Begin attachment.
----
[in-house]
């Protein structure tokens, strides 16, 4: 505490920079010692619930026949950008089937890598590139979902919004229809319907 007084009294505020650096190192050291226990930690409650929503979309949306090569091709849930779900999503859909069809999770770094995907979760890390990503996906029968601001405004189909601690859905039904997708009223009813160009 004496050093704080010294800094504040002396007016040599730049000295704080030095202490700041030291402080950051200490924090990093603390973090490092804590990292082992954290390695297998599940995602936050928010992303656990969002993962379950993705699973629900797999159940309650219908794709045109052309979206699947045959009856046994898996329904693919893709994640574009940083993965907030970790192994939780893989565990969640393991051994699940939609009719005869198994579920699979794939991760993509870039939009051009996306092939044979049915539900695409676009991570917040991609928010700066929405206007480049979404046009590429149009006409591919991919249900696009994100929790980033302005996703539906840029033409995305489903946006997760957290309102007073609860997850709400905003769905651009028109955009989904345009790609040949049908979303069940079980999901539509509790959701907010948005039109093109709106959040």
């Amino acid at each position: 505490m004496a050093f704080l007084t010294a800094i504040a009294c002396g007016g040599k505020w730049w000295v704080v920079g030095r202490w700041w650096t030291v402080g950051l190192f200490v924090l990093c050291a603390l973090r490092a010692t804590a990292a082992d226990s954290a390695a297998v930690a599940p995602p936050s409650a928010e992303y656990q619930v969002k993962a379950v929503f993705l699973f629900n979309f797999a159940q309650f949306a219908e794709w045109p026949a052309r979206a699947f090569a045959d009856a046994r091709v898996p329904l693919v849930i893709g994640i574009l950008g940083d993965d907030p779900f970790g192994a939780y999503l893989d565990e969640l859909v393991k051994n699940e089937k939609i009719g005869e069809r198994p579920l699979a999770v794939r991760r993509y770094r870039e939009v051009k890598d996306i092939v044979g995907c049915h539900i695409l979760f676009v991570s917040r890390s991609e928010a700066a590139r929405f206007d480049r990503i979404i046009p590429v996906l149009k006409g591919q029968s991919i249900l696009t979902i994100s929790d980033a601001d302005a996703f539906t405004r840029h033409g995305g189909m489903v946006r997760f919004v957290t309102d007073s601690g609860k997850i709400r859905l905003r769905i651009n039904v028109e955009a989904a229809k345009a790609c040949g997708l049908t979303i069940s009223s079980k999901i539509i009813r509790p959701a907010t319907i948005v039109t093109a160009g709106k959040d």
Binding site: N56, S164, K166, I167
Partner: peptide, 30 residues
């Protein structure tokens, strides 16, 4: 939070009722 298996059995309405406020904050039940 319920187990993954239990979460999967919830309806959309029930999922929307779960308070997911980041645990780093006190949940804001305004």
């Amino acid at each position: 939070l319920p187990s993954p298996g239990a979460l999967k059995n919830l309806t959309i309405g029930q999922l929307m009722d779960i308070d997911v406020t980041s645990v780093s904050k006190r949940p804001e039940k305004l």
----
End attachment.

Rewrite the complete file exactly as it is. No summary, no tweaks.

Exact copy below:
[in-house]
């Protein structure tokens, strides 16, 4: 505490920079010692619930026949950008089937890598590139979902919004229809319907 007084009294505020650096190192050291226990930690409650929503979309949306090569091709849930779900999503859909069809999770770094995907979760890390990503996906029968601001405004189909601690859905039904997708009223009813160009 004496050093704080010294800094504040002396007016040599730049000295704080030095202490700041030291402080950051200490924090990093603390973090490092804590990292082992954290390695297998599940995602936050928010992303656990969002993962379950993705699973629900797999159940309650219908794709045109052309979206699947045959009856046994898996329904693919893709994640574009940083993965907030970790192994939780893989565990969640393991051994699940939609009719005869198994579920699979794939991760993509870039939009051009996306092939044979049915539900695409676009991570917040991609928010700066929405206007480049979404046009590429149009006409591919991919249900696009994100929790980033302005996703539906840029033409995305489903946006997760957290309102007073609860997850709400905003769905651009028109955009989904345009790609040949049908979303069940079980999901539509509790959701907010948005039109093109709106959040």
């Amino acid at each position: 505490m004496a050093f704080l007084t010294a800094i504040a009294c002396g007016g040599k505020w730049w000295v704080v920079g030095r202490w700041w650096t030291v402080g950051l190192f200490v924090l990093c050291a603390l973090r490092a010692t804590a990292a082992d226990s954290a390695a297998v930690a599940p995602p936050s409650a928010e992303y656990q619930v969002k993962a379950v929503f993705l699973f629900n979309f797999a159940q309650f949306a219908e794709w045109p026949a052309r979206a699947f090569a045959d009856a046994r091709v898996p329904l693919v849930i893709g994640i574009l950008g940083d993965d907030p779900f970790g192994a939780y999503l893989d565990e969640l859909v393991k051994n699940e089937k939609i009719g005869e069809r198994p579920l699979a999770v794939r991760r993509y770094r870039e939009v051009k890598d996306i092939v044979g995907c049915h539900i695409l979760f676009v991570s917040r890390s991609e928010a700066a590139r929405f206007d480049r990503i979404i046009p590429v996906l149009k006409g591919q029968s991919i249900l696009t979902i994100s929790d980033a601001d302005a996703f539906t405004r840029h033409g995305g189909m489903v946006r997760f919004v957290t309102d007073s601690g609860k997850i709400r859905l905003r769905i651009n039904v028109e955009a989904a229809k345009a790609c040949g997708l049908t979303i069940s009223s079980k999901i539509i009813r509790p959701a907010t319907i948005v039109t093109a160009g709106k959040d």
Binding site: N56, S164, K166, I167
Partner: peptide, 30 residues
């Protein structure tokens, strides 16, 4: 939070009722 298996059995309405406020904050039940 319920187990993954239990979460999967919830309806959309029930999922929307779960308070997911980041645990780093006190949940804001305004």
């Amino acid at each position: 939070l319920p187990s993954p298996g239990a979460l999967k059995n919830l309806t959309i309405g029930q999922l929307m009722d779960i308070d997911v406020t980041s645990v780093s904050k006190r949940p804001e039940k305004l």